Prevalence of renal impairment and its association with cardiovascular risk factors in a general population: results of the Swiss SAPALDIA study

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Serval ID
serval:BIB_9CB899C36F58
Type
Article: article from journal or magazin.
Collection
Publications
Institution
Title
Prevalence of renal impairment and its association with cardiovascular risk factors in a general population: results of the Swiss SAPALDIA study
Journal
Nephrology, Dialysis, Transplantation
Author(s)
Nitsch  D., Felber Dietrich  D., von Eckardstein  A., Gaspoz  J. M., Downs  S. H., Leuenberger  P., Tschopp  J. M., Brandli  O., Keller  R., Gerbase  M. W., Probst-Hensch  N. M., Stutz  E. Z., Ackermann-Liebrich  U.
ISSN
0931-0509 (Print)
Publication state
Published
Issued date
04/2006
Volume
21
Number
4
Pages
935-44
Notes
Journal Article
Randomized Controlled Trial
Research Support, Non-U.S. Gov't --- Old month value: Apr
Abstract
BACKGROUND: Impaired renal function is evolving as an independent marker of the risk of cardiovascular morbidity and mortality. Little is known about the prevalence of impaired renal function and its relationship to cardiovascular risk factors in the Swiss general population. METHODS: SAPALDIA comprises a random sample of the Swiss population established in 1991, originally to investigate the health effects of long-term exposure to air pollution. Participants were reassessed in 2002/3 and blood measurements were obtained (n = 6317). Renal function was estimated using the Cockcroft-Gault equation and the modified MDRD (four-component) equation incorporating age, race, gender and serum creatinine level. RESULTS: The estimated prevalence of impaired renal function [estimated glomerular filtration rate <60 ml/min/1.73 m(2)] differed substantially between men and women, particularly at higher ages, and amounted to 13% [95% confidence interval (CI) 10-16%] and 36% (95% CI 32-40%) in men and women, respectively, of 65 years or older. Smoking, obesity, blood lipid levels, high systolic blood pressure and hyperuricaemia were all more common in men when compared with women. These cardiovascular risk factors were also associated independently with creatinine in both women and men. Women were less likely to receive cardiovascular drugs, in particular angiotensin-converting enzyme inhibitors and beta-blockers, when compared with men of the same age. CONCLUSION: Moderate renal impairment seems to be prevalent in the general population, with an apparent excess in females which is not explained by conventional cardiovascular risk factors. The unexpected finding questions the validity of the prediction equations, in particular in females.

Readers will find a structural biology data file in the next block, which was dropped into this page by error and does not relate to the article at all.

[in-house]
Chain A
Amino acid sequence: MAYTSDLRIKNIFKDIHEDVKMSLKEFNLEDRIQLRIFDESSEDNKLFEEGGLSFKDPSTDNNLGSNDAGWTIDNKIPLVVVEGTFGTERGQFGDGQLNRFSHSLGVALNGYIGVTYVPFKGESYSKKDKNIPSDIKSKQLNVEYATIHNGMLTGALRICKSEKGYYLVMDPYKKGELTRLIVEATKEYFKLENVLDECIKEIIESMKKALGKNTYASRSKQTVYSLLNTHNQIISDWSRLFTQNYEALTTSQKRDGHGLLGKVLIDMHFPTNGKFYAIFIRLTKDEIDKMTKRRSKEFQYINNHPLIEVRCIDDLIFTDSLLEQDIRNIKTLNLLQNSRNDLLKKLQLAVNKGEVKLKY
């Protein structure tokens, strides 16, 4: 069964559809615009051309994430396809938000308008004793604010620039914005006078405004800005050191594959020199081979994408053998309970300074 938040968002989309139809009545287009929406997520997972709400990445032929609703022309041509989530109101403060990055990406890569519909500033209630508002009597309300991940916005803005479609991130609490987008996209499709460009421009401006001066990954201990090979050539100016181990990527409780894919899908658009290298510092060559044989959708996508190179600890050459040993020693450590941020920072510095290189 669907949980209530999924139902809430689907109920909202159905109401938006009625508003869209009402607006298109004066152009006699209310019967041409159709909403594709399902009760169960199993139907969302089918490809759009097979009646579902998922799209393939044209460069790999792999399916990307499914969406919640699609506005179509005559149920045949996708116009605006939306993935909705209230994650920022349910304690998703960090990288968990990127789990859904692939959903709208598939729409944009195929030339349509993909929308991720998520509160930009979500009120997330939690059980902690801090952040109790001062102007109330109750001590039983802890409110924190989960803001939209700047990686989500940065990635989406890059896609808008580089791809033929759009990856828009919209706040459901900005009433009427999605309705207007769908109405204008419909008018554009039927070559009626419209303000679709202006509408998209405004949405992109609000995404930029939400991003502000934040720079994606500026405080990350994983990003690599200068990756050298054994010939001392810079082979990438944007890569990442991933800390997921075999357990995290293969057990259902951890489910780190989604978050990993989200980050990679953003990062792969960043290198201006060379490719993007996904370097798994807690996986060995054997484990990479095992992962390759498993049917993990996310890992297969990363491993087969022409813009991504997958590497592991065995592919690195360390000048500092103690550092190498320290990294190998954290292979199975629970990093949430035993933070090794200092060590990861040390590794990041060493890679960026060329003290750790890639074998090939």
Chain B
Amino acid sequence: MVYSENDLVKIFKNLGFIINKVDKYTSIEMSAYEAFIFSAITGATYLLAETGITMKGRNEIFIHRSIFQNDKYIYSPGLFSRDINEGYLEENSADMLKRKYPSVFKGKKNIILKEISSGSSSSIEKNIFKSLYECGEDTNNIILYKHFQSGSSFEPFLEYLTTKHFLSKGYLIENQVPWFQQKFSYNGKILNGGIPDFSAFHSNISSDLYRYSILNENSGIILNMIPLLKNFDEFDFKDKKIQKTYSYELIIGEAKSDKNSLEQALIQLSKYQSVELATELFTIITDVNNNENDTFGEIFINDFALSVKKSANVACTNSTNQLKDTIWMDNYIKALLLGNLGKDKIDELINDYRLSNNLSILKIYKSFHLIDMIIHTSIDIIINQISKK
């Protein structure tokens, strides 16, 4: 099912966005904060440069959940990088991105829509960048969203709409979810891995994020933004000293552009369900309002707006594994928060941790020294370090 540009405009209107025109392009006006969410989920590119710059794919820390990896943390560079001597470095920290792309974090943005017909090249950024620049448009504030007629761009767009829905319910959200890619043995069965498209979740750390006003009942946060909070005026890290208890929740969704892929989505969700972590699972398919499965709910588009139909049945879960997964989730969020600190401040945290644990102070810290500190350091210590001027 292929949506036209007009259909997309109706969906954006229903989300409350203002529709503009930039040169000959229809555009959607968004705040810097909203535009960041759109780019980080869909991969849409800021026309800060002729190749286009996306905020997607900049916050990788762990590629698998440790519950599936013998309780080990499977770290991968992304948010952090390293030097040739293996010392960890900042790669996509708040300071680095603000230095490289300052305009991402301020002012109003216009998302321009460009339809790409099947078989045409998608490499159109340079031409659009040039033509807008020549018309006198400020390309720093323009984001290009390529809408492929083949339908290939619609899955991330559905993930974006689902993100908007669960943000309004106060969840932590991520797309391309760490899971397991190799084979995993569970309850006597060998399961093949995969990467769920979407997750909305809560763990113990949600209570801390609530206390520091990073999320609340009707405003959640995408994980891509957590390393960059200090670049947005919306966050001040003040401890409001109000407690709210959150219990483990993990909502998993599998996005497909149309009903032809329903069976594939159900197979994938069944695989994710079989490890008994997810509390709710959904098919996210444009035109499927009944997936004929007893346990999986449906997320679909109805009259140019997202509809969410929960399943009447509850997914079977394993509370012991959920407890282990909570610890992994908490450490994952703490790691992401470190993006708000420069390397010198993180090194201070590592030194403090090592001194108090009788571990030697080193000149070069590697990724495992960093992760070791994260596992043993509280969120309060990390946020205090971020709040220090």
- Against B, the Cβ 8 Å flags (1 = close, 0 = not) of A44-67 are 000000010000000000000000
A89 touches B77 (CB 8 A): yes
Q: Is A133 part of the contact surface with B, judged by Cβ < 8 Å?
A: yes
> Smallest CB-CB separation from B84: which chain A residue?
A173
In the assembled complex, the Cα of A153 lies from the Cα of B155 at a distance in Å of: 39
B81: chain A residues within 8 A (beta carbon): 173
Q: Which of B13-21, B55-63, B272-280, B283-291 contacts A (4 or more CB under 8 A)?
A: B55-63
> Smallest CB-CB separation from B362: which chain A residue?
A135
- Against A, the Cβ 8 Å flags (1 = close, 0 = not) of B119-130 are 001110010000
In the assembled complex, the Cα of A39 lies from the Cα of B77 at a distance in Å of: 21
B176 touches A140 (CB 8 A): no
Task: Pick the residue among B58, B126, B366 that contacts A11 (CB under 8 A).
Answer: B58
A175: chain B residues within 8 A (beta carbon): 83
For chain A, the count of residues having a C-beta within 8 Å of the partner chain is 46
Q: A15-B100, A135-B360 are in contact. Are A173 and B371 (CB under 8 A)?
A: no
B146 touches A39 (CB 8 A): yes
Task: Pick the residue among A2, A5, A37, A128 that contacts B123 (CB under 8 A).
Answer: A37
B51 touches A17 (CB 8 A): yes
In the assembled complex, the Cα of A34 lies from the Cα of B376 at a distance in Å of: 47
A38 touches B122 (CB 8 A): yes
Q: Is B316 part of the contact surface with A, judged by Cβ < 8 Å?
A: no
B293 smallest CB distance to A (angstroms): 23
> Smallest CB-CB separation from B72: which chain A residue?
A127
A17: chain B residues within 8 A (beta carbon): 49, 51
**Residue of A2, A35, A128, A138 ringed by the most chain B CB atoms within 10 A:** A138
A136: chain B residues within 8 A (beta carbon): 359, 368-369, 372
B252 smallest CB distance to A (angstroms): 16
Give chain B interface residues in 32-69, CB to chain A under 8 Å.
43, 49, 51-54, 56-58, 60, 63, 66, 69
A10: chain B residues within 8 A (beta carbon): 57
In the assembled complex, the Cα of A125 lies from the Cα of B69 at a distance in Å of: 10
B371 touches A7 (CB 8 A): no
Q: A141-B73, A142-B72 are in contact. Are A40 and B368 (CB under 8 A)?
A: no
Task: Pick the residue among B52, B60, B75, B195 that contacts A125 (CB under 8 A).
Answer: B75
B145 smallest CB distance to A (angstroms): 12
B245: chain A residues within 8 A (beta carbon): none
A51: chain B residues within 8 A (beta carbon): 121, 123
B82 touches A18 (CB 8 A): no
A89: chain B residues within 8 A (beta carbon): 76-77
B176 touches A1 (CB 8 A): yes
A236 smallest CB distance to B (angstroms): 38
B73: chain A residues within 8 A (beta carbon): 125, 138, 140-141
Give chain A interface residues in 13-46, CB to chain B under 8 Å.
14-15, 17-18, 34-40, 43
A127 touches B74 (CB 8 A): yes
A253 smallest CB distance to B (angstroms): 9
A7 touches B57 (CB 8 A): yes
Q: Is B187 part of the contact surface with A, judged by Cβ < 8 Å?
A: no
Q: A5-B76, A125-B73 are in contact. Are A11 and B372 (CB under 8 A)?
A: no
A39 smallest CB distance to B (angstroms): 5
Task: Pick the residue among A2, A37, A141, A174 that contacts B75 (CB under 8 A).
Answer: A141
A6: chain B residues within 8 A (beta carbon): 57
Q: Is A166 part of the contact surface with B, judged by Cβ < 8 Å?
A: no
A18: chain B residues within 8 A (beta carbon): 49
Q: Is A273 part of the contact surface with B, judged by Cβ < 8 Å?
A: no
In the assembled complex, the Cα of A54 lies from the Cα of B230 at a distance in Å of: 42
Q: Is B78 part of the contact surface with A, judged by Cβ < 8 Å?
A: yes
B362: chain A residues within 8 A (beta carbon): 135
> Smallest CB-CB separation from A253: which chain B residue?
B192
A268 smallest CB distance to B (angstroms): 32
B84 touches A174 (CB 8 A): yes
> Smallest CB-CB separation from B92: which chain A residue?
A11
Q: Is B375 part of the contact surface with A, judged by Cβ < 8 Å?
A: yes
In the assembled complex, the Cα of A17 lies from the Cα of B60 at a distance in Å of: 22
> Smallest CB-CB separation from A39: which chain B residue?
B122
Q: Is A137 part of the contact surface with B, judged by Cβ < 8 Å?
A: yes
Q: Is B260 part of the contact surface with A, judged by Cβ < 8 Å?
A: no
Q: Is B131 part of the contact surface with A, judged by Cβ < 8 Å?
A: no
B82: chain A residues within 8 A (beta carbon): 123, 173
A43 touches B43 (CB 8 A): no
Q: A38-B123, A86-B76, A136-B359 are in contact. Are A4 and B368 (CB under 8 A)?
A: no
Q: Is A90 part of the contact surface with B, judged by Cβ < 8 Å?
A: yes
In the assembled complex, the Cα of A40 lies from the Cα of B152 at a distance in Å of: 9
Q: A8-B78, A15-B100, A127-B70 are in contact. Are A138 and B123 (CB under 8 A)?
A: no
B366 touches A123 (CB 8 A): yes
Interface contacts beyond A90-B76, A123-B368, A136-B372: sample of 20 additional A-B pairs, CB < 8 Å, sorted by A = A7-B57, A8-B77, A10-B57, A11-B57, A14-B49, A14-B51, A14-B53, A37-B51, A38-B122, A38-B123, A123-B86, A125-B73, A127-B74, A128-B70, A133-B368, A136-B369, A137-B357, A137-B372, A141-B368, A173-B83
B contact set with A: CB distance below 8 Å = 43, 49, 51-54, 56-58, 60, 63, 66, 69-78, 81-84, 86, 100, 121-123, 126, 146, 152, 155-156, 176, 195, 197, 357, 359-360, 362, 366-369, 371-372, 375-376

Keywords
Aged Blood Pressure Cardiovascular Diseases/diagnosis/*epidemiology Creatinine/blood Cross-Sectional Studies Female Glomerular Filtration Rate Humans Kidney Failure/*epidemiology Male Middle Aged Prevalence Risk Factors Survival Rate Switzerland/epidemiology
Pubmed
Web of science
Open Access
Yes
Create date
25/01/2008 10:50
Last modification date
25/09/2019 7:10
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